Change in feel, feedback, and stroke
As strings lose tension, you may feel that the racket is "going dead," "getting mushy" or "losing its punch."
Obviously it is not, since the ball is going faster and farther. But what is happening is you have lost the crisp feel you have become accustomed to. Crisp means more shock, but shock is feel. The only sensations of striking a ball that your hand feels are shock and vibration. This is your feedback mechanism. When the feel is the same every time, your response is to groove the stroke; when it is different, you respond by continually adapting and adjusting your stroke.
The other feedback that changes is auditory. The sound the strings make changes.
As tension goes down, hitting the ball goes from a "ping" to a "thud." Players may interpret these sounds differently as to what they mean about the cleanness of their hits. When this sound changes, so does the player's psychology. It affects what they think they are doing, how they are performing, what the results are and whether they are in the zone or not. All this affects the mental and physical approach to the next shot.
Change in spin and stroke
It has been shown that string tension has very little impact on spin. A ball fired obliquely at the same racket with different tensions rebounds at about the same spin. However, if tension goes down and you are thus hitting the ball deeper (too deep), your natural response will be to either hit it more softly or to add more spin. The loose strings don't cause more spin; rather, they cause you to add more spin. Again, these are usually unconscious adjustments to your strokes as your day-to-day racket performance changes. Your strings change your strokes daily. And you thought you were just having a bad day.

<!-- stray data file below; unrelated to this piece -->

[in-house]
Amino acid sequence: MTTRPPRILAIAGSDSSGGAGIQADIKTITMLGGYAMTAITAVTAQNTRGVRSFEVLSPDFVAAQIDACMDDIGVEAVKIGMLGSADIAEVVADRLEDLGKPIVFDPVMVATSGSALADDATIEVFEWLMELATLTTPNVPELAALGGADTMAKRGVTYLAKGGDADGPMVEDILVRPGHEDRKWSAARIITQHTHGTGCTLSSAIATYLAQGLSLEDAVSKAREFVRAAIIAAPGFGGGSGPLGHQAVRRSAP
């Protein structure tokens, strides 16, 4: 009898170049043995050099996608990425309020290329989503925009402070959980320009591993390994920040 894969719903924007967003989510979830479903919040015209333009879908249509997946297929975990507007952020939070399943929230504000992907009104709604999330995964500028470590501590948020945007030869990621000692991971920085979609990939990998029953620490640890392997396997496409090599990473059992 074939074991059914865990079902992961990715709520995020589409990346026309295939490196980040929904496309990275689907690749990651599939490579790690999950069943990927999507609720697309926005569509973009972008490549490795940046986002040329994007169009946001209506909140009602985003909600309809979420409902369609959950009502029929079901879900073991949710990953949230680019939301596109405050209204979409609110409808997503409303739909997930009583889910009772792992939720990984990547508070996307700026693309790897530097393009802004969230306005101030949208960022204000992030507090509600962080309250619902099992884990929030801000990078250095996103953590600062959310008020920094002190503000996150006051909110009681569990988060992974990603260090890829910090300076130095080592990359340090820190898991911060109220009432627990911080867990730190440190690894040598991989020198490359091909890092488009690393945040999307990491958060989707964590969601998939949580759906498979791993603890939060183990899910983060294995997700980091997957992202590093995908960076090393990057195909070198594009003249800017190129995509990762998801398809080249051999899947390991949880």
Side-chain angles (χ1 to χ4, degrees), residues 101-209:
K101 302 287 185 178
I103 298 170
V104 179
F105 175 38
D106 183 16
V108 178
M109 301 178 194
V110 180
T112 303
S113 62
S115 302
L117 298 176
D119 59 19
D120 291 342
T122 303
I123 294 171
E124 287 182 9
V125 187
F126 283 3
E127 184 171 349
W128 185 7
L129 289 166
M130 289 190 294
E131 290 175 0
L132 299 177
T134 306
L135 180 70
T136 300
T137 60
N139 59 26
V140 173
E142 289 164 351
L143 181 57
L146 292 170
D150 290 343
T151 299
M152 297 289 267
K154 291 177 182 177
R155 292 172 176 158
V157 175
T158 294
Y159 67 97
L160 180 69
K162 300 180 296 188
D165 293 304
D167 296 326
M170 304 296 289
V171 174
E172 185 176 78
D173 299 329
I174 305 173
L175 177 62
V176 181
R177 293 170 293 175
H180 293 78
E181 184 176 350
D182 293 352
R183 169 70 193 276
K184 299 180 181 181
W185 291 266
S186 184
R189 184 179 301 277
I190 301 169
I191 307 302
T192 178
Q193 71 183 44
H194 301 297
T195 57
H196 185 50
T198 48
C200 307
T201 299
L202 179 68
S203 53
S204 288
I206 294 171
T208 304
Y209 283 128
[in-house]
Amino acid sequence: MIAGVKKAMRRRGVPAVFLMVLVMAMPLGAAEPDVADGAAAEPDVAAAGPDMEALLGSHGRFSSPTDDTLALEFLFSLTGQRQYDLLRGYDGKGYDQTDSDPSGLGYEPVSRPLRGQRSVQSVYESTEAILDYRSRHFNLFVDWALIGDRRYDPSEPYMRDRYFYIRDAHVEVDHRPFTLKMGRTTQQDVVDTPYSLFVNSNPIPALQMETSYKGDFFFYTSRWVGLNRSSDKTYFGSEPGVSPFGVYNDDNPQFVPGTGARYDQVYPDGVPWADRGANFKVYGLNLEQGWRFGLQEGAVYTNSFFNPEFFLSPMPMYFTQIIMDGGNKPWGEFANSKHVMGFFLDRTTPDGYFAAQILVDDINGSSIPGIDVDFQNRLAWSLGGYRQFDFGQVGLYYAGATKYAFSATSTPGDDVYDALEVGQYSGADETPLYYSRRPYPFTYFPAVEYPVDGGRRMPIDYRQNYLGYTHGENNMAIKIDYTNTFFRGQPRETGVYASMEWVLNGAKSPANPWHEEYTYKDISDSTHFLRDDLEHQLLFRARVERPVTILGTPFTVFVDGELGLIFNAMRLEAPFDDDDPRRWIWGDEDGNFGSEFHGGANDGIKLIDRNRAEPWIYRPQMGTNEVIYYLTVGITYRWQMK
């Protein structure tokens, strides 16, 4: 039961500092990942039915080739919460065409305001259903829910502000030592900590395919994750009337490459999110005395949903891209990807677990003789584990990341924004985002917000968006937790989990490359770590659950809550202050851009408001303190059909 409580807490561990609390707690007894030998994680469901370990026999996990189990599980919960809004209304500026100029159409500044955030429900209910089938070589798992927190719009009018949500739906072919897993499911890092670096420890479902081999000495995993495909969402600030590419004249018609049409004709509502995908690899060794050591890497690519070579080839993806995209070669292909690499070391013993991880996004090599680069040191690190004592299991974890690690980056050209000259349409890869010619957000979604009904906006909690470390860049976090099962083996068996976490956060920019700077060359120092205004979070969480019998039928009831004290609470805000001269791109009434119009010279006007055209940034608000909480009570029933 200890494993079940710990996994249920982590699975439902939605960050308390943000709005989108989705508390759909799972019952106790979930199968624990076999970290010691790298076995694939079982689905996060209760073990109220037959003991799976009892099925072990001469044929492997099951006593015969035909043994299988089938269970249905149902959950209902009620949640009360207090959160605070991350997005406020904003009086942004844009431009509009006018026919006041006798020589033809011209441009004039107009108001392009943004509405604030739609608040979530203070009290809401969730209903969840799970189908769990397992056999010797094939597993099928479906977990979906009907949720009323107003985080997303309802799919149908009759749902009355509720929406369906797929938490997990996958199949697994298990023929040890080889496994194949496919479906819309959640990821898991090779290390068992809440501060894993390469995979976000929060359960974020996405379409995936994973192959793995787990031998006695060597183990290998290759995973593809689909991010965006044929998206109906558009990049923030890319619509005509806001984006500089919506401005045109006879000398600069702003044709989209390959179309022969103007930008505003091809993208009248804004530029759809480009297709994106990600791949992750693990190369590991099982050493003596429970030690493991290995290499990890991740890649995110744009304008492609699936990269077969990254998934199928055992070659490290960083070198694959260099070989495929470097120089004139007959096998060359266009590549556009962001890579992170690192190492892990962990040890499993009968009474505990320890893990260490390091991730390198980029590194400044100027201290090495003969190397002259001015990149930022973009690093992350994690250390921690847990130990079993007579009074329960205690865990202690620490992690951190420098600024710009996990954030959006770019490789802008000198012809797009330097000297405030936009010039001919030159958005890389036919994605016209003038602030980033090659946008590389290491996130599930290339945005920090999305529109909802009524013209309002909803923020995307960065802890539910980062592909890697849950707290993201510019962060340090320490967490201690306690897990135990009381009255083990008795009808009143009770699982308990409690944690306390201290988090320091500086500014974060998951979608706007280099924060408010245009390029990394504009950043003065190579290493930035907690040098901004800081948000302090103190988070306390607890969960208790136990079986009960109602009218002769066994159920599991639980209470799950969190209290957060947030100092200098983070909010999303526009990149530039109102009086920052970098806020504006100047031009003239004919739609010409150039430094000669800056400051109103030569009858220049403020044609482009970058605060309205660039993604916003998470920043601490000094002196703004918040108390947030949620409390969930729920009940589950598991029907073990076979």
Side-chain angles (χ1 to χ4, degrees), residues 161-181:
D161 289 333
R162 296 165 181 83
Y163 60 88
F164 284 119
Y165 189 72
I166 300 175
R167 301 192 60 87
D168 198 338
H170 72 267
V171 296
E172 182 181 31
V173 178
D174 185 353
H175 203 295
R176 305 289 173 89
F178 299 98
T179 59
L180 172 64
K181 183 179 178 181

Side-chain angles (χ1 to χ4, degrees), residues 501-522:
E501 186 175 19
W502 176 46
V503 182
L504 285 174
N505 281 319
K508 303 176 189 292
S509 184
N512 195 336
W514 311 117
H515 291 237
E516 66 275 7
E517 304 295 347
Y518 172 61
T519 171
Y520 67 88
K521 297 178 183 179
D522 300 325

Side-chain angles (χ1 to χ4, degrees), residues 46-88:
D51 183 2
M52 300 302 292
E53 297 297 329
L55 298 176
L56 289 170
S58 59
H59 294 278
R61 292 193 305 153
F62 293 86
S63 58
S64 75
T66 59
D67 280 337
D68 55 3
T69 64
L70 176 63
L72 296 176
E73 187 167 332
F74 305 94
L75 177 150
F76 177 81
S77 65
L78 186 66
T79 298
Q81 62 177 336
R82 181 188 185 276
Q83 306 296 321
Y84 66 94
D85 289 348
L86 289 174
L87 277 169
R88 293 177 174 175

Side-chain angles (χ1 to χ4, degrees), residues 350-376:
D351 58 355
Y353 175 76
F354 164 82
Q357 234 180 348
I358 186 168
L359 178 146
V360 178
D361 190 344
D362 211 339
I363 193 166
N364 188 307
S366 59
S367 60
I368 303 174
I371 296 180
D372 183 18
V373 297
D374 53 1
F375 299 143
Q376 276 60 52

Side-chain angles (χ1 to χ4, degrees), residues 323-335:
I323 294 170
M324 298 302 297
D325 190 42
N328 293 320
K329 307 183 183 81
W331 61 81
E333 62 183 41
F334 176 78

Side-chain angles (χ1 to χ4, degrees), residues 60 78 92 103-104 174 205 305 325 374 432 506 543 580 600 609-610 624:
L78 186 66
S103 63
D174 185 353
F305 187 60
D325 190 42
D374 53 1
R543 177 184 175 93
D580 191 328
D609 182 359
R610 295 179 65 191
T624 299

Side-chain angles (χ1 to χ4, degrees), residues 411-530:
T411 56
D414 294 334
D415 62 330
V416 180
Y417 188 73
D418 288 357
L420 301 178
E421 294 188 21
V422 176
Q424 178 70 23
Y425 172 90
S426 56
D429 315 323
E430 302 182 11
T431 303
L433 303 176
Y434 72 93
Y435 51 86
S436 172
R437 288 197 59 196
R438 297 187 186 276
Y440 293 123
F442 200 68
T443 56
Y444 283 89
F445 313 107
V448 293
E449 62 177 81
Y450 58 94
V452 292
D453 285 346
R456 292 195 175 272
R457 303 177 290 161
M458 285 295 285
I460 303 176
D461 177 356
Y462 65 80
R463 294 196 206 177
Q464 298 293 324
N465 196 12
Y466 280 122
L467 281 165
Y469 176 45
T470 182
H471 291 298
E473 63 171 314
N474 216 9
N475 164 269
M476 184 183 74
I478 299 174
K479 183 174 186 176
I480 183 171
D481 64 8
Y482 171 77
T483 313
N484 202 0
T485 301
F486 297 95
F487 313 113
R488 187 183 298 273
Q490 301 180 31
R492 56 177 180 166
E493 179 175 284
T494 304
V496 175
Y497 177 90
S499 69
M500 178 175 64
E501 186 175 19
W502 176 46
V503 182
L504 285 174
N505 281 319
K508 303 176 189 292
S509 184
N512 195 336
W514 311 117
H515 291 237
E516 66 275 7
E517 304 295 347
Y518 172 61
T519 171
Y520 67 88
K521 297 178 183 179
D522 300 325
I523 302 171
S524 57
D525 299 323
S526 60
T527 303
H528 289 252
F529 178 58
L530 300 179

More string movement, less durability, less performance
Strings slide across each other more easily at lower tensions. The main strings move back and forth over the crosses. This has a couple of obvious effects. First, it shortens the life of the strings as they saw through each other. Second, if you don't move the strings back into place after each hit, you will have an uneven string pattern and will end up with an uneven power and control response across the string face. This will affect the bounce of the ball and you will be making stroke adjustments to compensate.
Consistency is key
If you don't restring often enough, chances are you'll spend much of your tennis life compensating for your changing string tension instead of honing your swing. Consistency is the key.
You want to play with the same racket as you did yesterday--one that will behave the same way in the same situations so you can let your muscle memory take care of swinging while you figure out what you've got to do to beat the guy on the other side of the net.
So how often should you restring? If you're a frequent player, the answer is most probably, "More often than you do now!" For most of the recreational playing population, doubling their restringing frequency from what it is now would not be overkill.
More objectively, a good guide is to restring when the stringbed stiffness (measured by equipment in a pro shop) has dropped by 20 percent from the reading immediately after stringing. You'll need to experiment to find what works and feels best to you.
In the end, though, you will find that this is definitely a case where more is better.
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